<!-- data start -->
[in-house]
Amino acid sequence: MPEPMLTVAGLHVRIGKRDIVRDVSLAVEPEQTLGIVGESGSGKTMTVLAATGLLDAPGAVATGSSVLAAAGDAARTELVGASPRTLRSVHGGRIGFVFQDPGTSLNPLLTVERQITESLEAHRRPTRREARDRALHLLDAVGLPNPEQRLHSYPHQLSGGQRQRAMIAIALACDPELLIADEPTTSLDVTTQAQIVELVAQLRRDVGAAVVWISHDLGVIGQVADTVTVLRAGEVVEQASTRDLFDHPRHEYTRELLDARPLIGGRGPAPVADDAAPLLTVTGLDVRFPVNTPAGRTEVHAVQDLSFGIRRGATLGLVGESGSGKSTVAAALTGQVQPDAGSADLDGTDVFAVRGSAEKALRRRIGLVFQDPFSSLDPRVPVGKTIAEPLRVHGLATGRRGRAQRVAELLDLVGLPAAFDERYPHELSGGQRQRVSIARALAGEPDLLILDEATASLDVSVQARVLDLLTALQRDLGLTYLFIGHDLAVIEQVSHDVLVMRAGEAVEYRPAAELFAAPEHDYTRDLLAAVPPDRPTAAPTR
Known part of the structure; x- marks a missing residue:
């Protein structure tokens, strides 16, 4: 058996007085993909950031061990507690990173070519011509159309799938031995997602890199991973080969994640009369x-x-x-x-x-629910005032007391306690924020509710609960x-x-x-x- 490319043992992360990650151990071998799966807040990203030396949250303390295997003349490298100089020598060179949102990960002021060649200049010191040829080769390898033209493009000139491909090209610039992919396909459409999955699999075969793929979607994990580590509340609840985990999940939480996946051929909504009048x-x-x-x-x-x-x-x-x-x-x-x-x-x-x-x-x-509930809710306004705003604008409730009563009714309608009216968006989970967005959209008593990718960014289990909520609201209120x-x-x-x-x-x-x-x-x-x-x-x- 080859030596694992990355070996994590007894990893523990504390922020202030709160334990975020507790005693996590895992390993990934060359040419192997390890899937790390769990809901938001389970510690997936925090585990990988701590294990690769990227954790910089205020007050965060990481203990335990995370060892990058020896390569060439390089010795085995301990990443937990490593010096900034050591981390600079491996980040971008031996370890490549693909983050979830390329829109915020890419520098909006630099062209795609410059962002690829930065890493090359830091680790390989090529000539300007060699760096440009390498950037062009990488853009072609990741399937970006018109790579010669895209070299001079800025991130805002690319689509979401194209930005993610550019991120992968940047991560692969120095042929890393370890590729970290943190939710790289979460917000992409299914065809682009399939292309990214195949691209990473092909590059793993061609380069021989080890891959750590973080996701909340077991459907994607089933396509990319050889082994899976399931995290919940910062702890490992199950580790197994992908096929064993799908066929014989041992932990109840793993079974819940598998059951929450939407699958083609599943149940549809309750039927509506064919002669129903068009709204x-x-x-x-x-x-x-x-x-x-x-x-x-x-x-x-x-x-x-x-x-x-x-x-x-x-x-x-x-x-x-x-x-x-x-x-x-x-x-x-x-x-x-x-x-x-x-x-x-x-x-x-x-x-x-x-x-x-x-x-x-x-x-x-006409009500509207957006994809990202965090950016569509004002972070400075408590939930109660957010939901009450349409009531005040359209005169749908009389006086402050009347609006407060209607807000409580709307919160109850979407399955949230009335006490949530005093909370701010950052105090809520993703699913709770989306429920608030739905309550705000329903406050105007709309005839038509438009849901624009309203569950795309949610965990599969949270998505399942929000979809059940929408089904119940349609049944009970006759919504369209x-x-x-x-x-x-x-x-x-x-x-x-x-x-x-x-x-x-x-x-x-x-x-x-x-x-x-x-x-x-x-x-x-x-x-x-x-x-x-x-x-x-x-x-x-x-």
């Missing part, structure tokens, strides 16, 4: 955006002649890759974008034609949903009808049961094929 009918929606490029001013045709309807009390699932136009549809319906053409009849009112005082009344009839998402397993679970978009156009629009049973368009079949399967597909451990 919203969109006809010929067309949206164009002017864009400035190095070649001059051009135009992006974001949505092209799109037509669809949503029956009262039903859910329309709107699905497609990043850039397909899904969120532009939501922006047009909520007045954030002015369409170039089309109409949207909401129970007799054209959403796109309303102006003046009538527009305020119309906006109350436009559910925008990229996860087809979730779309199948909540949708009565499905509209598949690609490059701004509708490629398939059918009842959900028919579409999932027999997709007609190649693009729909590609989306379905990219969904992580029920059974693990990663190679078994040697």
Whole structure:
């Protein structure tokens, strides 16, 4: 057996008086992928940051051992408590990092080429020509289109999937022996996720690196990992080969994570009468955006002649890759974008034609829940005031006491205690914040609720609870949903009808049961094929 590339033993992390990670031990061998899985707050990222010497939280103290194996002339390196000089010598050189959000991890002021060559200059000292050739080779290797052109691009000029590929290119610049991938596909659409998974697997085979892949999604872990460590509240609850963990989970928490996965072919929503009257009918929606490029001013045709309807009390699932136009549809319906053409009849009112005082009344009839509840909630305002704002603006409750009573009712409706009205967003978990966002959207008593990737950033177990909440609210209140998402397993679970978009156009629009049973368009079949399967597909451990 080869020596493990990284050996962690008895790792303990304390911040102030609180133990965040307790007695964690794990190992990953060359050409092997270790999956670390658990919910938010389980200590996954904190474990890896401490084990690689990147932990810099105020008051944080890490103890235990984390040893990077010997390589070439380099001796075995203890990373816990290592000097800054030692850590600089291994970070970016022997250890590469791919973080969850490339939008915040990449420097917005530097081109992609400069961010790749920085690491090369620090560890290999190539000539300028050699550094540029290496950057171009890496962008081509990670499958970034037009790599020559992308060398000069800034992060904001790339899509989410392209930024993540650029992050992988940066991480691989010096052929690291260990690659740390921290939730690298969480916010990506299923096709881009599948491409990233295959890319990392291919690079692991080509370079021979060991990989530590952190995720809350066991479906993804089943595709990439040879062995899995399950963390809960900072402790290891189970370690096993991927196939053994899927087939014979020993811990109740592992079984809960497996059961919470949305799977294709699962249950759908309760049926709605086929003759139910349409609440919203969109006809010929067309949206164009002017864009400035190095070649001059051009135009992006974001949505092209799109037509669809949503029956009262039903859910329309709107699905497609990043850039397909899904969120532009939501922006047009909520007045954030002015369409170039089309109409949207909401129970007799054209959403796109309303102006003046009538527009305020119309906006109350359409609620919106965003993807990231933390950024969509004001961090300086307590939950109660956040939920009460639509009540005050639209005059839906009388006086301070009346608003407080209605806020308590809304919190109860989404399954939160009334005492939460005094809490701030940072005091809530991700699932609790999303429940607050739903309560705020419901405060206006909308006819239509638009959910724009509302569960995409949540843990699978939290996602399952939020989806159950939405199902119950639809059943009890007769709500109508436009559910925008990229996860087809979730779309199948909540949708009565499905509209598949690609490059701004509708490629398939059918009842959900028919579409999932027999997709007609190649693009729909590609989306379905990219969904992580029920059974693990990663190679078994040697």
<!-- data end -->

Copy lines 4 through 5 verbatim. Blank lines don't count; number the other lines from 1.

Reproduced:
């Protein structure tokens, strides 16, 4: 058996007085993909950031061990507690990173070519011509159309799938031995997602890199991973080969994640009369x-x-x-x-x-629910005032007391306690924020509710609960x-x-x-x- 490319043992992360990650151990071998799966807040990203030396949250303390295997003349490298100089020598060179949102990960002021060649200049010191040829080769390898033209493009000139491909090209610039992919396909459409999955699999075969793929979607994990580590509340609840985990999940939480996946051929909504009048x-x-x-x-x-x-x-x-x-x-x-x-x-x-x-x-x-509930809710306004705003604008409730009563009714309608009216968006989970967005959209008593990718960014289990909520609201209120x-x-x-x-x-x-x-x-x-x-x-x- 080859030596694992990355070996994590007894990893523990504390922020202030709160334990975020507790005693996590895992390993990934060359040419192997390890899937790390769990809901938001389970510690997936925090585990990988701590294990690769990227954790910089205020007050965060990481203990335990995370060892990058020896390569060439390089010795085995301990990443937990490593010096900034050591981390600079491996980040971008031996370890490549693909983050979830390329829109915020890419520098909006630099062209795609410059962002690829930065890493090359830091680790390989090529000539300007060699760096440009390498950037062009990488853009072609990741399937970006018109790579010669895209070299001079800025991130805002690319689509979401194209930005993610550019991120992968940047991560692969120095042929890393370890590729970290943190939710790289979460917000992409299914065809682009399939292309990214195949691209990473092909590059793993061609380069021989080890891959750590973080996701909340077991459907994607089933396509990319050889082994899976399931995290919940910062702890490992199950580790197994992908096929064993799908066929014989041992932990109840793993079974819940598998059951929450939407699958083609599943149940549809309750039927509506064919002669129903068009709204x-x-x-x-x-x-x-x-x-x-x-x-x-x-x-x-x-x-x-x-x-x-x-x-x-x-x-x-x-x-x-x-x-x-x-x-x-x-x-x-x-x-x-x-x-x-x-x-x-x-x-x-x-x-x-x-x-x-x-x-x-x-x-x-006409009500509207957006994809990202965090950016569509004002972070400075408590939930109660957010939901009450349409009531005040359209005169749908009389006086402050009347609006407060209607807000409580709307919160109850979407399955949230009335006490949530005093909370701010950052105090809520993703699913709770989306429920608030739905309550705000329903406050105007709309005839038509438009849901624009309203569950795309949610965990599969949270998505399942929000979809059940929408089904119940349609049944009970006759919504369209x-x-x-x-x-x-x-x-x-x-x-x-x-x-x-x-x-x-x-x-x-x-x-x-x-x-x-x-x-x-x-x-x-x-x-x-x-x-x-x-x-x-x-x-x-x-």
């Missing part, structure tokens, strides 16, 4: 955006002649890759974008034609949903009808049961094929 009918929606490029001013045709309807009390699932136009549809319906053409009849009112005082009344009839998402397993679970978009156009629009049973368009079949399967597909451990 919203969109006809010929067309949206164009002017864009400035190095070649001059051009135009992006974001949505092209799109037509669809949503029956009262039903859910329309709107699905497609990043850039397909899904969120532009939501922006047009909520007045954030002015369409170039089309109409949207909401129970007799054209959403796109309303102006003046009538527009305020119309906006109350436009559910925008990229996860087809979730779309199948909540949708009565499905509209598949690609490059701004509708490629398939059918009842959900028919579409999932027999997709007609190649693009729909590609989306379905990219969904992580029920059974693990990663190679078994040697």